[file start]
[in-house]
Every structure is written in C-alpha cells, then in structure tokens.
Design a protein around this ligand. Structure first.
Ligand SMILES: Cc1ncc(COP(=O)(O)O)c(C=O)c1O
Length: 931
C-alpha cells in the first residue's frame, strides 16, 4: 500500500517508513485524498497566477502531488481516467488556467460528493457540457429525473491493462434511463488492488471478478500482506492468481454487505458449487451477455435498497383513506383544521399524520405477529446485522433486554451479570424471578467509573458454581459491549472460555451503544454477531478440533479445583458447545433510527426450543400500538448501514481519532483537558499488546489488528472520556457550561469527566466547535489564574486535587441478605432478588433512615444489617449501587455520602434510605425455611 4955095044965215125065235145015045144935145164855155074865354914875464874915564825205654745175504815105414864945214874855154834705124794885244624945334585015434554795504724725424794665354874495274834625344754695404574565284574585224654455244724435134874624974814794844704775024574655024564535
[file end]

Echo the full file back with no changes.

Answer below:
[in-house]
Every structure is written in C-alpha cells, then in structure tokens.
Design a protein around this ligand. Structure first.
Ligand SMILES: Cc1ncc(COP(=O)(O)O)c(C=O)c1O
Length: 931
C-alpha cells in the first residue's frame, strides 16, 4: 500500500517508513485524498497566477502531488481516467488556467460528493457540457429525473491493462434511463488492488471478478500482506492468481454487505458449487451477455435498497383513506383544521399524520405477529446485522433486554451479570424471578467509573458454581459491549472460555451503544454477531478440533479445583458447545433510527426450543400500538448501514481519532483537558499488546489488528472520556457550561469527566466547535489564574486535587441478605432478588433512615444489617449501587455520602434510605425455611 4955095044965215125065235145015045144935145164855155074865354914875464874915564825205654745175504815105414864945214874855154834705124794885244624945334585015434554795504724725424794665354874495274834625344754695404574565284574585224654455244724435134874624974814794844704775024574655024564535